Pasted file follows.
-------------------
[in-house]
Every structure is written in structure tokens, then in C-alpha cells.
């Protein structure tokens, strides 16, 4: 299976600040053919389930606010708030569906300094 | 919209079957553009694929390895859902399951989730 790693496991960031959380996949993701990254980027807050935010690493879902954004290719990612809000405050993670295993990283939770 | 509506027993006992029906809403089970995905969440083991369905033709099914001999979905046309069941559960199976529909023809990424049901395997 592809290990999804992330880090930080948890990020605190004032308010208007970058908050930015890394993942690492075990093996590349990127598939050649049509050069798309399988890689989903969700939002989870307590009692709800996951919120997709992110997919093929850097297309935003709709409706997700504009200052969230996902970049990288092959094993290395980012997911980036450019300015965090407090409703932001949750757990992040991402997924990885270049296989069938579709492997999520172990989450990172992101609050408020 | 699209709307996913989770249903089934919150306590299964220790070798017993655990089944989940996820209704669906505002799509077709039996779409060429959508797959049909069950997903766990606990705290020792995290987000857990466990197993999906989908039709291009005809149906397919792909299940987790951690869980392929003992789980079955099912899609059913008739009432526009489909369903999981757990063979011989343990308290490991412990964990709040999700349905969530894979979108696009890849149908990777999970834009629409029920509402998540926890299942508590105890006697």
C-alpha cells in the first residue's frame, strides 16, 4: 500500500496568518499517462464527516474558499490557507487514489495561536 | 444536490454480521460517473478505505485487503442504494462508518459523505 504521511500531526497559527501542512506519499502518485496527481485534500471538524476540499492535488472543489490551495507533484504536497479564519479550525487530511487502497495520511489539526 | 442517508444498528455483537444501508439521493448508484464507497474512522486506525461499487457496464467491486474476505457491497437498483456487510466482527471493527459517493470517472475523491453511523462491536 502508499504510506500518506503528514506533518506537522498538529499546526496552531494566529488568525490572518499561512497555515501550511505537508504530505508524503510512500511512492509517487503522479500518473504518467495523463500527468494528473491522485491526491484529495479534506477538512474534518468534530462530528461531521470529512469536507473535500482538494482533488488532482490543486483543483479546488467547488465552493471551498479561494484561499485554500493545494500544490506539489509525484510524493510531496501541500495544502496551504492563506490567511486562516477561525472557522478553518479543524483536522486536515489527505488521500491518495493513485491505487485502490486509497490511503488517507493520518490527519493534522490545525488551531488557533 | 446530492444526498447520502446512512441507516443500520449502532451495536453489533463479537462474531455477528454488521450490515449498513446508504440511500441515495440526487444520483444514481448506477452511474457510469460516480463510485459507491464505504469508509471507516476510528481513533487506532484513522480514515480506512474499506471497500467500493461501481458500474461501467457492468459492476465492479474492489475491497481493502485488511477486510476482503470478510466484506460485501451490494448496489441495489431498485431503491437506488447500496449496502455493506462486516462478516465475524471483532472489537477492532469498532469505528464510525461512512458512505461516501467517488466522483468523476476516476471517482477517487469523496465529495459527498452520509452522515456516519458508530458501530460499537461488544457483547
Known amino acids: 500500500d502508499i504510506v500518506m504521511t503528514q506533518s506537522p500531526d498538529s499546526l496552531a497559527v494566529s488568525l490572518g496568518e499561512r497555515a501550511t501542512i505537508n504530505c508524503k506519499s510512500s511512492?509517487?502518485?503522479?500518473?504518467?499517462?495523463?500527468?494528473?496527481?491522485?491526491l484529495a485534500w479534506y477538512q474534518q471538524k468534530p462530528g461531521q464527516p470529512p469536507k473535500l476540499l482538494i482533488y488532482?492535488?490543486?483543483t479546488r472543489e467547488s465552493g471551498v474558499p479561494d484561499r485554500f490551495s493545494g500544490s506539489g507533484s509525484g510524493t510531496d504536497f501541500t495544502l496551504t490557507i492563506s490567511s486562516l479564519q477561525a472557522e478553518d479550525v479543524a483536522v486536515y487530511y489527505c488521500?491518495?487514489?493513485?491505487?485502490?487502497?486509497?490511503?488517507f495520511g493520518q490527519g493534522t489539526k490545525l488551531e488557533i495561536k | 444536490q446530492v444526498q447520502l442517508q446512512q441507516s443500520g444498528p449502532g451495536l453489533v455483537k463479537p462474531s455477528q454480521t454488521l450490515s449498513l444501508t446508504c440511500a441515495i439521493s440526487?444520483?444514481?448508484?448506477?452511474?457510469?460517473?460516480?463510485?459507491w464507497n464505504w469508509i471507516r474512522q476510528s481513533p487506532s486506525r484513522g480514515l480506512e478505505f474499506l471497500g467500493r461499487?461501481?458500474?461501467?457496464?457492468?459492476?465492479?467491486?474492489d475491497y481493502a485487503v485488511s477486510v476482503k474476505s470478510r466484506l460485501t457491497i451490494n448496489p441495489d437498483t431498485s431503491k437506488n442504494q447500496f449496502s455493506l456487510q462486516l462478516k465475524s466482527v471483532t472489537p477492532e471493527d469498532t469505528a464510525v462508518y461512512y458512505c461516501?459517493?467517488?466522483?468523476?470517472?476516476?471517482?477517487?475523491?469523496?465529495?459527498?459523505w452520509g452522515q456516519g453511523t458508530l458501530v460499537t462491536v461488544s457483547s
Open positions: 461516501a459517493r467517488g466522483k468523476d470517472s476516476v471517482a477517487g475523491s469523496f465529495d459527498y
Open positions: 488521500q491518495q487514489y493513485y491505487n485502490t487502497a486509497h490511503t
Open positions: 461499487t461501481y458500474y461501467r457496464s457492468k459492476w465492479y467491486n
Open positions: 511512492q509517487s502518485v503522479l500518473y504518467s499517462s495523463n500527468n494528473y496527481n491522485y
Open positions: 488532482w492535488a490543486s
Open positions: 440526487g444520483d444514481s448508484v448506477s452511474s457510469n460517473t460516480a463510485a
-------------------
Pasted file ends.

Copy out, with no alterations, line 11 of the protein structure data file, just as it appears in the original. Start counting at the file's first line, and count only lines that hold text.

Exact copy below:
Open positions: 440526487g444520483d444514481s448508484v448506477s452511474s457510469n460517473t460516480a463510485a